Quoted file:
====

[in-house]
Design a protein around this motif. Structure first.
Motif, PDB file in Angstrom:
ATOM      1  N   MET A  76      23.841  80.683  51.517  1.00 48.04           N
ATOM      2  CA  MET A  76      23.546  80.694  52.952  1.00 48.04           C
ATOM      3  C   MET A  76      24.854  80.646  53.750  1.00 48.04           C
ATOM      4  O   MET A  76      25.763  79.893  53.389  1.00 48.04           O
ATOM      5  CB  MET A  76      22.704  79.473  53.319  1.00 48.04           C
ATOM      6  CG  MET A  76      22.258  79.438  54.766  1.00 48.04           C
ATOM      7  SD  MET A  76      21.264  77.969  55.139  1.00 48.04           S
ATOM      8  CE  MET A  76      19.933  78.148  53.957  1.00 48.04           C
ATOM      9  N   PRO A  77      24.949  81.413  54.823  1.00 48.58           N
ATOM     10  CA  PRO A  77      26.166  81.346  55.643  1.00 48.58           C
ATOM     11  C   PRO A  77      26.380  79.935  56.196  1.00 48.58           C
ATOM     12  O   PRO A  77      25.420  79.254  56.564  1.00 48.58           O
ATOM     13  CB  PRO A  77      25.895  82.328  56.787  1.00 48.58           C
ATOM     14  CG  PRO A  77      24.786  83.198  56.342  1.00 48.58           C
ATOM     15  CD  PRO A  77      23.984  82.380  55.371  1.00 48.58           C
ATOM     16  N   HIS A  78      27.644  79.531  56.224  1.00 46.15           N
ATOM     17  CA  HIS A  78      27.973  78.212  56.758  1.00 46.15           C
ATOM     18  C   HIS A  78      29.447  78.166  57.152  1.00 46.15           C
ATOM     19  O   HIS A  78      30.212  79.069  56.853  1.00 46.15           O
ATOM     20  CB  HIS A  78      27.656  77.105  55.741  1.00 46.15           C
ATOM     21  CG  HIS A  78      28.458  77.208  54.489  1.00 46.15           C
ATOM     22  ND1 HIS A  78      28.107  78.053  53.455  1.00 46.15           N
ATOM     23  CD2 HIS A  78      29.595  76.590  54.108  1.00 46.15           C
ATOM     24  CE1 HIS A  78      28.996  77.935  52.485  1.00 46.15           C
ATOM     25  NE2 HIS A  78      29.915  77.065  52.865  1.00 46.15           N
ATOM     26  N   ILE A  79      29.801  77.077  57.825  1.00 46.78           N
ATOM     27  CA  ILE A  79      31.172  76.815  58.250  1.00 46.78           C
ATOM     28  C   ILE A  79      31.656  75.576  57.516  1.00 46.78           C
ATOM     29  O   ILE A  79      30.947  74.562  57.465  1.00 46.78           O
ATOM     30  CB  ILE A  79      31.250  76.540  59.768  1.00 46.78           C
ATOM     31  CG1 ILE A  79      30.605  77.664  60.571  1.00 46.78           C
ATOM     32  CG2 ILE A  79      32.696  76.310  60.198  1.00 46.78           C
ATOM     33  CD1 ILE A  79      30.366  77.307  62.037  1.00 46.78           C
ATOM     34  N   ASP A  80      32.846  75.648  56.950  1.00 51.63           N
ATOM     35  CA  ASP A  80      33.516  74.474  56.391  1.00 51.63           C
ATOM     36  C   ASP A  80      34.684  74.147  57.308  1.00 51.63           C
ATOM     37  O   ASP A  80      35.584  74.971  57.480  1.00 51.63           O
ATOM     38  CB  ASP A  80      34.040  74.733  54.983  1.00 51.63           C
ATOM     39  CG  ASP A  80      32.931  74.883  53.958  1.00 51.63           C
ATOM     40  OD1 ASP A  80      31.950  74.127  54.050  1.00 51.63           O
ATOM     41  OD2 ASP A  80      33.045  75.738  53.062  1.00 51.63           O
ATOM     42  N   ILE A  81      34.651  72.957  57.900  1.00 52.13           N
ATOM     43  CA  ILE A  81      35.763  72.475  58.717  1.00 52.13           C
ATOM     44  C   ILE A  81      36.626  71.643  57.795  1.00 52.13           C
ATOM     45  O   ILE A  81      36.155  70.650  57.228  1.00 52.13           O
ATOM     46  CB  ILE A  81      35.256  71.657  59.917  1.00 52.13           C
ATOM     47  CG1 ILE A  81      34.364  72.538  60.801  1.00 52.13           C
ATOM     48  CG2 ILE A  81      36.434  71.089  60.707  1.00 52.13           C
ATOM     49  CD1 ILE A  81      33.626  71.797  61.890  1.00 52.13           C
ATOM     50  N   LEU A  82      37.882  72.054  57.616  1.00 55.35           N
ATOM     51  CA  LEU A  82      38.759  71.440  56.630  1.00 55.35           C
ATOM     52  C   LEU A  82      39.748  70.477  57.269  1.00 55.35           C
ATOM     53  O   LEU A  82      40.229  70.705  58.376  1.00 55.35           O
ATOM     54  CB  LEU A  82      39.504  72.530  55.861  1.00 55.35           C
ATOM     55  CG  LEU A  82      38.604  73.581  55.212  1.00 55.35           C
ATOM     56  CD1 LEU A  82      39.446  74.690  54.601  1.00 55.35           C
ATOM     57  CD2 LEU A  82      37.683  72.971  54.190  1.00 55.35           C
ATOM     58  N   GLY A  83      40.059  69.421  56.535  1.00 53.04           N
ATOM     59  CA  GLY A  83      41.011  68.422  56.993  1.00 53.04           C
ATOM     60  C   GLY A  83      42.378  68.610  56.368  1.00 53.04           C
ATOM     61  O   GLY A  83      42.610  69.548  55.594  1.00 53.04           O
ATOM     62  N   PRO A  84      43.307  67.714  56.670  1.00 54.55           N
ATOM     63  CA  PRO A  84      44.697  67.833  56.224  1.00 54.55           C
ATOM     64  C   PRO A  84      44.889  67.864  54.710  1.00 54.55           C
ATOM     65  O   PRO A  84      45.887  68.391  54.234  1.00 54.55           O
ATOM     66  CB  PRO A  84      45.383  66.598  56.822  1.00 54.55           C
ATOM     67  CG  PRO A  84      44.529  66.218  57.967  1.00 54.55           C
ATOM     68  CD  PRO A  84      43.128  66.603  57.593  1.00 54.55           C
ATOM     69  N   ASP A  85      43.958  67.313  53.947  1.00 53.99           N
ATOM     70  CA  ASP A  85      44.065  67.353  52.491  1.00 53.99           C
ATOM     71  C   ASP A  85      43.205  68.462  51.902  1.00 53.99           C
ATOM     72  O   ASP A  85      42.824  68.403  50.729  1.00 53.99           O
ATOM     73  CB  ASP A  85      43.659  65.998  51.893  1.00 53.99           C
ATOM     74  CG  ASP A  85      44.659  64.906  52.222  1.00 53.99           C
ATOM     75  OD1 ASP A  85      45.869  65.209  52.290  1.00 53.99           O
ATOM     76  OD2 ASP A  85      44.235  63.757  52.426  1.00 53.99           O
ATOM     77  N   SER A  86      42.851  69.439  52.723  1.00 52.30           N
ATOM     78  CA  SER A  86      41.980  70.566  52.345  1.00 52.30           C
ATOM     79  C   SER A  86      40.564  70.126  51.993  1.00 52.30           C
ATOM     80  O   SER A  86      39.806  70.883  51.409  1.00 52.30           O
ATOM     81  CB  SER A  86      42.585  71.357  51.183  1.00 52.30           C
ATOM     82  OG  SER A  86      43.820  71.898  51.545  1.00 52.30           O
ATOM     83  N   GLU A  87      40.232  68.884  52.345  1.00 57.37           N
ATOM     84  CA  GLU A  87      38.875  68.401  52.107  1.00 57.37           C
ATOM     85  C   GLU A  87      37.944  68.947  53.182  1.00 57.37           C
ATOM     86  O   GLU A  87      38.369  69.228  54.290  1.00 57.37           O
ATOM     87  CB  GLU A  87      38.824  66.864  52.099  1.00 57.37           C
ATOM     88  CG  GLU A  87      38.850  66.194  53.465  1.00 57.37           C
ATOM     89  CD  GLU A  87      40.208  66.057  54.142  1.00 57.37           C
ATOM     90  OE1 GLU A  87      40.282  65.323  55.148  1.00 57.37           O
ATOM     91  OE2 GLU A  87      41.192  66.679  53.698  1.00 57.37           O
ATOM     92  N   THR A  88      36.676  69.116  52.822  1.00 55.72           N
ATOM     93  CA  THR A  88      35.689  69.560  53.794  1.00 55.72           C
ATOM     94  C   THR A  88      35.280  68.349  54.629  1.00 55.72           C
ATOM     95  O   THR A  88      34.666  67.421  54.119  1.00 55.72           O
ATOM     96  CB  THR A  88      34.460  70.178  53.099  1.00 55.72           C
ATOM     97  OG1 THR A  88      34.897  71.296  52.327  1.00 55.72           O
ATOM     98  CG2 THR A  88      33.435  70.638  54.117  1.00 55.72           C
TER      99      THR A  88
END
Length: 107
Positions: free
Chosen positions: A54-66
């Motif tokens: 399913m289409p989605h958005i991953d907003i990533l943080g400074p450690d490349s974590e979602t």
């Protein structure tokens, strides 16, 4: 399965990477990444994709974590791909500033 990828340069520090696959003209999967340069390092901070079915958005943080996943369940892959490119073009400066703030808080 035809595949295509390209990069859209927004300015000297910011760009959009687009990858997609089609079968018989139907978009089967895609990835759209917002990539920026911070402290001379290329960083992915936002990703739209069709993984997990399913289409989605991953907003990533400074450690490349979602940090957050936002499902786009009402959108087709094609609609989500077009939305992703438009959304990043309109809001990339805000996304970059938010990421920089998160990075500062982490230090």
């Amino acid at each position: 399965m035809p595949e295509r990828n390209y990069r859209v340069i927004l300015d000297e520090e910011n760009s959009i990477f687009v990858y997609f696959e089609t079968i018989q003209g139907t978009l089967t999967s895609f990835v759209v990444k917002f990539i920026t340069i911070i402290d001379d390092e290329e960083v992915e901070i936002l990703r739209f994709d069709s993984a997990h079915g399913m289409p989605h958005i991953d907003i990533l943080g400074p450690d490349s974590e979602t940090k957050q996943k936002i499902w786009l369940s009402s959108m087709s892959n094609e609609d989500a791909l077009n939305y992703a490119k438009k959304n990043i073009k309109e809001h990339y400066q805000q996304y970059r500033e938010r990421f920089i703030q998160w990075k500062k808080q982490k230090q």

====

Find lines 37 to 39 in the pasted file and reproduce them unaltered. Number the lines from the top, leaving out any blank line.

ATOM     34  N   ASP A  80      32.846  75.648  56.950  1.00 51.63           N
ATOM     35  CA  ASP A  80      33.516  74.474  56.391  1.00 51.63           C
ATOM     36  C   ASP A  80      34.684  74.147  57.308  1.00 51.63           C